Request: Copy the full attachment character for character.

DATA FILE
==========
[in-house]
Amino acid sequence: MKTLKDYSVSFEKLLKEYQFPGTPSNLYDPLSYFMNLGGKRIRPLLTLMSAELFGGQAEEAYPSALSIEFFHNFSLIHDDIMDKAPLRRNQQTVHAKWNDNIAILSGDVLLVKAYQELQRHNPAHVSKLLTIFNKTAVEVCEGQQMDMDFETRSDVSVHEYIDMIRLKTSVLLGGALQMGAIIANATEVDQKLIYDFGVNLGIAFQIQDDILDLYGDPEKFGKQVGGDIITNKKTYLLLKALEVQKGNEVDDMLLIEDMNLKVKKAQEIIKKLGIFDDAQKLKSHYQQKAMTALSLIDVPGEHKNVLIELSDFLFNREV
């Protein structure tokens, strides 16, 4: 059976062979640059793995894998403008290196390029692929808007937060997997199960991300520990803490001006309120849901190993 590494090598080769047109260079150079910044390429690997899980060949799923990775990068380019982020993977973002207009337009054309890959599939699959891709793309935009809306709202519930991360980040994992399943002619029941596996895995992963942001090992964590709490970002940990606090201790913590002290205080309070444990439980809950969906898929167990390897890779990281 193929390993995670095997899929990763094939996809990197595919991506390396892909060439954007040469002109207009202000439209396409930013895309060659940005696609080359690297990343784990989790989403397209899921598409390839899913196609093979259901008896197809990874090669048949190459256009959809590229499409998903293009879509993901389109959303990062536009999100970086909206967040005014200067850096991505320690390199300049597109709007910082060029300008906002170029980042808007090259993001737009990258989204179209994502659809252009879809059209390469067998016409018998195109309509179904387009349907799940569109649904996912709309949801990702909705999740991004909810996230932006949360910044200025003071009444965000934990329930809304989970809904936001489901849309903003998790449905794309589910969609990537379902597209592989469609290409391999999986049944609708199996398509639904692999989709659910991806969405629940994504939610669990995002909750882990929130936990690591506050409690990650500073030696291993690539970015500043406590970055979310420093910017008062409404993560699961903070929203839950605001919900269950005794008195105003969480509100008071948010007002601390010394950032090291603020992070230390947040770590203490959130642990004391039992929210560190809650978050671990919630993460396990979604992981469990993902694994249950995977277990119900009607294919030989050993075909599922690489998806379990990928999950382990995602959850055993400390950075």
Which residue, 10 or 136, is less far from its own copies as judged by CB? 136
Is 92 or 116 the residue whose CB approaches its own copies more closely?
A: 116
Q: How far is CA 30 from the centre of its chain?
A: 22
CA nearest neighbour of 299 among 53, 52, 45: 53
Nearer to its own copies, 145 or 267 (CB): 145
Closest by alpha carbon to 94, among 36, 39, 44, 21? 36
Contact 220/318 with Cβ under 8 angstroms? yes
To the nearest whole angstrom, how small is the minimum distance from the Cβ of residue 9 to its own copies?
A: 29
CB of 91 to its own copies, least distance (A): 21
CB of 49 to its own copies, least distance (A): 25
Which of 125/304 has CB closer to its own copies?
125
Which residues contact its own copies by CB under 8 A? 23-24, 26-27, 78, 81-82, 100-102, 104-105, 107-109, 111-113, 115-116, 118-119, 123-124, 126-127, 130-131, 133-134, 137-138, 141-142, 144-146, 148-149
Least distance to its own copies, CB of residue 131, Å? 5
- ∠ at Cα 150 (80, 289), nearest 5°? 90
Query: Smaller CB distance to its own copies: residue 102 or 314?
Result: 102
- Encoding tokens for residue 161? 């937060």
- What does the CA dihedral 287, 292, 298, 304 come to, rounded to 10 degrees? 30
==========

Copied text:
[in-house]
Amino acid sequence: MKTLKDYSVSFEKLLKEYQFPGTPSNLYDPLSYFMNLGGKRIRPLLTLMSAELFGGQAEEAYPSALSIEFFHNFSLIHDDIMDKAPLRRNQQTVHAKWNDNIAILSGDVLLVKAYQELQRHNPAHVSKLLTIFNKTAVEVCEGQQMDMDFETRSDVSVHEYIDMIRLKTSVLLGGALQMGAIIANATEVDQKLIYDFGVNLGIAFQIQDDILDLYGDPEKFGKQVGGDIITNKKTYLLLKALEVQKGNEVDDMLLIEDMNLKVKKAQEIIKKLGIFDDAQKLKSHYQQKAMTALSLIDVPGEHKNVLIELSDFLFNREV
């Protein structure tokens, strides 16, 4: 059976062979640059793995894998403008290196390029692929808007937060997997199960991300520990803490001006309120849901190993 590494090598080769047109260079150079910044390429690997899980060949799923990775990068380019982020993977973002207009337009054309890959599939699959891709793309935009809306709202519930991360980040994992399943002619029941596996895995992963942001090992964590709490970002940990606090201790913590002290205080309070444990439980809950969906898929167990390897890779990281 193929390993995670095997899929990763094939996809990197595919991506390396892909060439954007040469002109207009202000439209396409930013895309060659940005696609080359690297990343784990989790989403397209899921598409390839899913196609093979259901008896197809990874090669048949190459256009959809590229499409998903293009879509993901389109959303990062536009999100970086909206967040005014200067850096991505320690390199300049597109709007910082060029300008906002170029980042808007090259993001737009990258989204179209994502659809252009879809059209390469067998016409018998195109309509179904387009349907799940569109649904996912709309949801990702909705999740991004909810996230932006949360910044200025003071009444965000934990329930809304989970809904936001489901849309903003998790449905794309589910969609990537379902597209592989469609290409391999999986049944609708199996398509639904692999989709659910991806969405629940994504939610669990995002909750882990929130936990690591506050409690990650500073030696291993690539970015500043406590970055979310420093910017008062409404993560699961903070929203839950605001919900269950005794008195105003969480509100008071948010007002601390010394950032090291603020992070230390947040770590203490959130642990004391039992929210560190809650978050671990919630993460396990979604992981469990993902694994249950995977277990119900009607294919030989050993075909599922690489998806379990990928999950382990995602959850055993400390950075």
Which residue, 10 or 136, is less far from its own copies as judged by CB? 136
Is 92 or 116 the residue whose CB approaches its own copies more closely?
A: 116
Q: How far is CA 30 from the centre of its chain?
A: 22
CA nearest neighbour of 299 among 53, 52, 45: 53
Nearer to its own copies, 145 or 267 (CB): 145
Closest by alpha carbon to 94, among 36, 39, 44, 21? 36
Contact 220/318 with Cβ under 8 angstroms? yes
To the nearest whole angstrom, how small is the minimum distance from the Cβ of residue 9 to its own copies?
A: 29
CB of 91 to its own copies, least distance (A): 21
CB of 49 to its own copies, least distance (A): 25
Which of 125/304 has CB closer to its own copies?
125
Which residues contact its own copies by CB under 8 A? 23-24, 26-27, 78, 81-82, 100-102, 104-105, 107-109, 111-113, 115-116, 118-119, 123-124, 126-127, 130-131, 133-134, 137-138, 141-142, 144-146, 148-149
Least distance to its own copies, CB of residue 131, Å? 5
- ∠ at Cα 150 (80, 289), nearest 5°? 90
Query: Smaller CB distance to its own copies: residue 102 or 314?
Result: 102
- Encoding tokens for residue 161? 């937060």
- What does the CA dihedral 287, 292, 298, 304 come to, rounded to 10 degrees? 30